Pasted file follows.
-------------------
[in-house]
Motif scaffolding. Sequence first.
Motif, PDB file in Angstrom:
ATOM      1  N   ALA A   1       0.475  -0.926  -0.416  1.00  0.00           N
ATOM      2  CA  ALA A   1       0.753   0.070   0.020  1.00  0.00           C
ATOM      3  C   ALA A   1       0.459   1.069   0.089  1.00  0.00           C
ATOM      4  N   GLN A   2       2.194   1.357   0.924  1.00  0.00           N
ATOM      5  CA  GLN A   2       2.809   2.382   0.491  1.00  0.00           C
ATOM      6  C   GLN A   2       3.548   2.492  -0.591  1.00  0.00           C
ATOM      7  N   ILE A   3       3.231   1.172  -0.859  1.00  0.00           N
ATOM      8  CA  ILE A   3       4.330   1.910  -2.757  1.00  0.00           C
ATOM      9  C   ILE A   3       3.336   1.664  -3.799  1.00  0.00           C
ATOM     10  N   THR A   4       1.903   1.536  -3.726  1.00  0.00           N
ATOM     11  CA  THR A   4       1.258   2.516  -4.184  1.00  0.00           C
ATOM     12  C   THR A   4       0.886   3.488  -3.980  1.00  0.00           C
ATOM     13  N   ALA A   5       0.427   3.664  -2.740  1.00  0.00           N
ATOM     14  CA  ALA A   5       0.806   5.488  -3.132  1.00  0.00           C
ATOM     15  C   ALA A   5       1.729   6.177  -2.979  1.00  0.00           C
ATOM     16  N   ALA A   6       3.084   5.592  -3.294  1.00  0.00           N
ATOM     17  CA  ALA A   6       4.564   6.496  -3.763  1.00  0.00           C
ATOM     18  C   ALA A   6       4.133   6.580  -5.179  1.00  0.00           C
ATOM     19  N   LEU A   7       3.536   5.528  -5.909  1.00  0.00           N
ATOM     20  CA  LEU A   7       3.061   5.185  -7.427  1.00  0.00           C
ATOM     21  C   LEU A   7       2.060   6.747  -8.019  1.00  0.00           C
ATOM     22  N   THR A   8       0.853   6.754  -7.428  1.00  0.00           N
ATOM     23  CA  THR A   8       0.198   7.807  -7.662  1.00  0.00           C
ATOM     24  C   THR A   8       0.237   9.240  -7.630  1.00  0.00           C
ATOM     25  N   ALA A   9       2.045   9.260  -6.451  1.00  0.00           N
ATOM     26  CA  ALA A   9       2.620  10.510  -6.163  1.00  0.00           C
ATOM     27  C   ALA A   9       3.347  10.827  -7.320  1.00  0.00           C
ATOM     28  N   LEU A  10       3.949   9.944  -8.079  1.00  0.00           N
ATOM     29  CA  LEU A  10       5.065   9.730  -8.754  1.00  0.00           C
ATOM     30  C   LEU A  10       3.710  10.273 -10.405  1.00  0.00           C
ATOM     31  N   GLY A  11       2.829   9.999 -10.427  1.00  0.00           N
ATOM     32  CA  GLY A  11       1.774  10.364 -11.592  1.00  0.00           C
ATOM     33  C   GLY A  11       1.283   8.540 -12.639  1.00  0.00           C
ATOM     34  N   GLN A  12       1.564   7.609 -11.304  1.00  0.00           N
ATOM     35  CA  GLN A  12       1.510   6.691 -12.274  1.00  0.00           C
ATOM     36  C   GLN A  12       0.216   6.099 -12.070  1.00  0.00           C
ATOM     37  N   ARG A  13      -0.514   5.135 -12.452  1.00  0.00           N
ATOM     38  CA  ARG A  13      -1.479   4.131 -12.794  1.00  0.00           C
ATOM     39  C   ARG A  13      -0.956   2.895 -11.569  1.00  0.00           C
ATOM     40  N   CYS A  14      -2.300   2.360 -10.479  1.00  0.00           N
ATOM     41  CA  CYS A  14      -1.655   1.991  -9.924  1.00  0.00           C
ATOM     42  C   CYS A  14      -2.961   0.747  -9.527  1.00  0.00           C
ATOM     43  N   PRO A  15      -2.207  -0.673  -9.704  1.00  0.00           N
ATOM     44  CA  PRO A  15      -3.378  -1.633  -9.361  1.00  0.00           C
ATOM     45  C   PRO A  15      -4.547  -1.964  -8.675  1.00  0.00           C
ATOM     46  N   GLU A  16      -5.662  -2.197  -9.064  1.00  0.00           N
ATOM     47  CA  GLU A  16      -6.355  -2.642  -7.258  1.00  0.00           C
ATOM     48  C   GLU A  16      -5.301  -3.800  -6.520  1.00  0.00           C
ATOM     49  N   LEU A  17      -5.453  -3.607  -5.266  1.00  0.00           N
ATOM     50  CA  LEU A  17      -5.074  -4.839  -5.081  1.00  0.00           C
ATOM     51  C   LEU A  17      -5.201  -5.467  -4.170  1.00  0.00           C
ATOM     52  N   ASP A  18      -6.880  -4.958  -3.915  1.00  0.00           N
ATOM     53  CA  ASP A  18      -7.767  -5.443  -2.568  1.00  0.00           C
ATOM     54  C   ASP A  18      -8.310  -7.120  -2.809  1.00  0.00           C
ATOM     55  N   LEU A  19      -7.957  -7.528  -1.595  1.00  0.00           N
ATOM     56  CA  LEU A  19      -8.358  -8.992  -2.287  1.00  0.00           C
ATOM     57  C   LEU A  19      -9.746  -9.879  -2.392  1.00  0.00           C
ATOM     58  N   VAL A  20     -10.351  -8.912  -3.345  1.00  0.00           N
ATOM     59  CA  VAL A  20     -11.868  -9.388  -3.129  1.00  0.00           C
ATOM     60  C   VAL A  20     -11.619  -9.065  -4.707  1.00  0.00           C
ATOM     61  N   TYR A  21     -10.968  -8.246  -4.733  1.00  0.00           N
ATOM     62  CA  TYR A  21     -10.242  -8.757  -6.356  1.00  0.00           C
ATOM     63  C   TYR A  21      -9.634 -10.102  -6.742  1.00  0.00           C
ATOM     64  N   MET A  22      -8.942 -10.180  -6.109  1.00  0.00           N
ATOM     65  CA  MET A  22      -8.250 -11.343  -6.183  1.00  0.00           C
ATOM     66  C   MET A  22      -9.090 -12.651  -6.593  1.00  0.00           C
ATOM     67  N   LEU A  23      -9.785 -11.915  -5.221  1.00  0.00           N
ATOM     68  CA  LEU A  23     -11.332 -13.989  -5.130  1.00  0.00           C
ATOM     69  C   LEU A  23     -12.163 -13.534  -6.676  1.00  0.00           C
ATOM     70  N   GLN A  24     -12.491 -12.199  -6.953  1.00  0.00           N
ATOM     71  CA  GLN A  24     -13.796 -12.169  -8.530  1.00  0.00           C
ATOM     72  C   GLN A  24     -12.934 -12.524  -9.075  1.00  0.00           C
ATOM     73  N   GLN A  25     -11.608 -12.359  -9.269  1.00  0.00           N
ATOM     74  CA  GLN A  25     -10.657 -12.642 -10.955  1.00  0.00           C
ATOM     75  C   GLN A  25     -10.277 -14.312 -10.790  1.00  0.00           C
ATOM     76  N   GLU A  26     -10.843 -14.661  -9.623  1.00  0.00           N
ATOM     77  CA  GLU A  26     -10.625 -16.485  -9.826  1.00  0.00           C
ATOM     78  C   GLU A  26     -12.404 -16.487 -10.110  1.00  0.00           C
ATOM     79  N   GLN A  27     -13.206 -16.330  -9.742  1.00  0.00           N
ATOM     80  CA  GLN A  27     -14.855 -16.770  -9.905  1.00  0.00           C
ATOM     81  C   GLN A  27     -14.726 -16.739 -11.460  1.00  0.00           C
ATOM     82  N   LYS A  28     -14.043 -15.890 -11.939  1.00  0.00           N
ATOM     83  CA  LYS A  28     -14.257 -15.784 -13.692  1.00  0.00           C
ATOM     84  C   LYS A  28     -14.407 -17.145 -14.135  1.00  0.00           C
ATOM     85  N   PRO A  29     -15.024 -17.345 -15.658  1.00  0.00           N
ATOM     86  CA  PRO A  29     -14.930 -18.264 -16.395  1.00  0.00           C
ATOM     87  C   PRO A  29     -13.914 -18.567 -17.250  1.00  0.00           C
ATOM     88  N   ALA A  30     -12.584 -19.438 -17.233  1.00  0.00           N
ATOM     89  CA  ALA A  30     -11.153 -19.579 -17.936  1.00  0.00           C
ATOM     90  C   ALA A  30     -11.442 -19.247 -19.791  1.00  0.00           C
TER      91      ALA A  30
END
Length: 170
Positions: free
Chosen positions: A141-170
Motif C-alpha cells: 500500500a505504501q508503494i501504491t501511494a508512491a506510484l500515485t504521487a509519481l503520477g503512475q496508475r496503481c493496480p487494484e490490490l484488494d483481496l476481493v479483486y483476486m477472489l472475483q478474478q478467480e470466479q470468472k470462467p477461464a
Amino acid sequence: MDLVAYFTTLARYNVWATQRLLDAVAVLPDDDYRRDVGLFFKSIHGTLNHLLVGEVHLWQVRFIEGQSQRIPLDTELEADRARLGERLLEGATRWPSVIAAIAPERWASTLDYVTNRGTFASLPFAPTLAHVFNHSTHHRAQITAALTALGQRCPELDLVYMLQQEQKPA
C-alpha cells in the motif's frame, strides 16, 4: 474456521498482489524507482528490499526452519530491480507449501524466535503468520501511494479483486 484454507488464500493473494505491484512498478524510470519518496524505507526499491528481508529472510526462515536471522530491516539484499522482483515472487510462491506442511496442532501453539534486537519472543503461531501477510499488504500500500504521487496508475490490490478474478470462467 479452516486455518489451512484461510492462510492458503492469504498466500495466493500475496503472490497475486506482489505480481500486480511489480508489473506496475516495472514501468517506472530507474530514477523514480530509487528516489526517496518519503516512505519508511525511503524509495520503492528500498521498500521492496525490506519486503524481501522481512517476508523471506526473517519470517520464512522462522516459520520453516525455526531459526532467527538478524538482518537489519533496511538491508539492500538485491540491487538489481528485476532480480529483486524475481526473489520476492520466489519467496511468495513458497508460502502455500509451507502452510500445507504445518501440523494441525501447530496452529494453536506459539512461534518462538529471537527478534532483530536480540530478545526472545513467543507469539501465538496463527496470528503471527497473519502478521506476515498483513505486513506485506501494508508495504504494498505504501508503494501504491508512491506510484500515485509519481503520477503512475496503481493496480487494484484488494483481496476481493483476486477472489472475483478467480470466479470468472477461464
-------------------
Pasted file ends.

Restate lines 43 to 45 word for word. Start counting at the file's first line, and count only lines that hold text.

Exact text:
ATOM     40  N   CYS A  14      -2.300   2.360 -10.479  1.00  0.00           N
ATOM     41  CA  CYS A  14      -1.655   1.991  -9.924  1.00  0.00           C
ATOM     42  C   CYS A  14      -2.961   0.747  -9.527  1.00  0.00           C